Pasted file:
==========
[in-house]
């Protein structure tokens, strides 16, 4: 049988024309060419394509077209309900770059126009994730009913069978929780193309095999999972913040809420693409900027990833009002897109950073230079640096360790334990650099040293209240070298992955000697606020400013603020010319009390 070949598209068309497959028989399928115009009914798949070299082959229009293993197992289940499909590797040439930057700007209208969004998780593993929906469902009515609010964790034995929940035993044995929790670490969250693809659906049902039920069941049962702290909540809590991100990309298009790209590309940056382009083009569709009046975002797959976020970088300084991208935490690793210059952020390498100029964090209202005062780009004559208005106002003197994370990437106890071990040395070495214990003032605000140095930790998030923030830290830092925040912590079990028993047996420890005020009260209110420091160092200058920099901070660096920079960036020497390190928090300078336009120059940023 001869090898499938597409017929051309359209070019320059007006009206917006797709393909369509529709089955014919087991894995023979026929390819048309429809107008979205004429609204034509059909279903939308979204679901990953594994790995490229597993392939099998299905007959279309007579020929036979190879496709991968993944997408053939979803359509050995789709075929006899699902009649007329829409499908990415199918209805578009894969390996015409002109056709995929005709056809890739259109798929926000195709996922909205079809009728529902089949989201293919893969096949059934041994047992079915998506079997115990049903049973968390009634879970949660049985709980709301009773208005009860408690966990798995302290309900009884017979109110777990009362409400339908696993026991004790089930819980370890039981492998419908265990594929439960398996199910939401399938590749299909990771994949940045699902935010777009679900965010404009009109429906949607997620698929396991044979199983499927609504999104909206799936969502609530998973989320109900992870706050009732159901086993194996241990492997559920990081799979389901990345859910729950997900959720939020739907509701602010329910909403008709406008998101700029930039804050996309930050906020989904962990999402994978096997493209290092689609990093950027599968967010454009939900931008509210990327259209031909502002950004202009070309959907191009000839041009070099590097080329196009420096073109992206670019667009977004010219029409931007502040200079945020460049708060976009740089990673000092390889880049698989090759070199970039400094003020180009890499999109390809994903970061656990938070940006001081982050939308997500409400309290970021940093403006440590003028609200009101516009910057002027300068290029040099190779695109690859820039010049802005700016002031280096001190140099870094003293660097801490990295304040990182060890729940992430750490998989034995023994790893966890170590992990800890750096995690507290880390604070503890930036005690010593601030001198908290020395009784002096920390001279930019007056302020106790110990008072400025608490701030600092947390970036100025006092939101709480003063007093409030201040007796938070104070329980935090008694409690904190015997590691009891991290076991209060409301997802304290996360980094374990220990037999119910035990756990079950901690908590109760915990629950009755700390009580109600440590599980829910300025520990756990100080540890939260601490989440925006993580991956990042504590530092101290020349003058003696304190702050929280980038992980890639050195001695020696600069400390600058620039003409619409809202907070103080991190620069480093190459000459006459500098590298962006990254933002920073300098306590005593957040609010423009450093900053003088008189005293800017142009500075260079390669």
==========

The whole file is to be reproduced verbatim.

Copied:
[in-house]
């Protein structure tokens, strides 16, 4: 049988024309060419394509077209309900770059126009994730009913069978929780193309095999999972913040809420693409900027990833009002897109950073230079640096360790334990650099040293209240070298992955000697606020400013603020010319009390 070949598209068309497959028989399928115009009914798949070299082959229009293993197992289940499909590797040439930057700007209208969004998780593993929906469902009515609010964790034995929940035993044995929790670490969250693809659906049902039920069941049962702290909540809590991100990309298009790209590309940056382009083009569709009046975002797959976020970088300084991208935490690793210059952020390498100029964090209202005062780009004559208005106002003197994370990437106890071990040395070495214990003032605000140095930790998030923030830290830092925040912590079990028993047996420890005020009260209110420091160092200058920099901070660096920079960036020497390190928090300078336009120059940023 001869090898499938597409017929051309359209070019320059007006009206917006797709393909369509529709089955014919087991894995023979026929390819048309429809107008979205004429609204034509059909279903939308979204679901990953594994790995490229597993392939099998299905007959279309007579020929036979190879496709991968993944997408053939979803359509050995789709075929006899699902009649007329829409499908990415199918209805578009894969390996015409002109056709995929005709056809890739259109798929926000195709996922909205079809009728529902089949989201293919893969096949059934041994047992079915998506079997115990049903049973968390009634879970949660049985709980709301009773208005009860408690966990798995302290309900009884017979109110777990009362409400339908696993026991004790089930819980370890039981492998419908265990594929439960398996199910939401399938590749299909990771994949940045699902935010777009679900965010404009009109429906949607997620698929396991044979199983499927609504999104909206799936969502609530998973989320109900992870706050009732159901086993194996241990492997559920990081799979389901990345859910729950997900959720939020739907509701602010329910909403008709406008998101700029930039804050996309930050906020989904962990999402994978096997493209290092689609990093950027599968967010454009939900931008509210990327259209031909502002950004202009070309959907191009000839041009070099590097080329196009420096073109992206670019667009977004010219029409931007502040200079945020460049708060976009740089990673000092390889880049698989090759070199970039400094003020180009890499999109390809994903970061656990938070940006001081982050939308997500409400309290970021940093403006440590003028609200009101516009910057002027300068290029040099190779695109690859820039010049802005700016002031280096001190140099870094003293660097801490990295304040990182060890729940992430750490998989034995023994790893966890170590992990800890750096995690507290880390604070503890930036005690010593601030001198908290020395009784002096920390001279930019007056302020106790110990008072400025608490701030600092947390970036100025006092939101709480003063007093409030201040007796938070104070329980935090008694409690904190015997590691009891991290076991209060409301997802304290996360980094374990220990037999119910035990756990079950901690908590109760915990629950009755700390009580109600440590599980829910300025520990756990100080540890939260601490989440925006993580991956990042504590530092101290020349003058003696304190702050929280980038992980890639050195001695020696600069400390600058620039003409619409809202907070103080991190620069480093190459000459006459500098590298962006990254933002920073300098306590005593957040609010423009450093900053003088008189005293800017142009500075260079390669």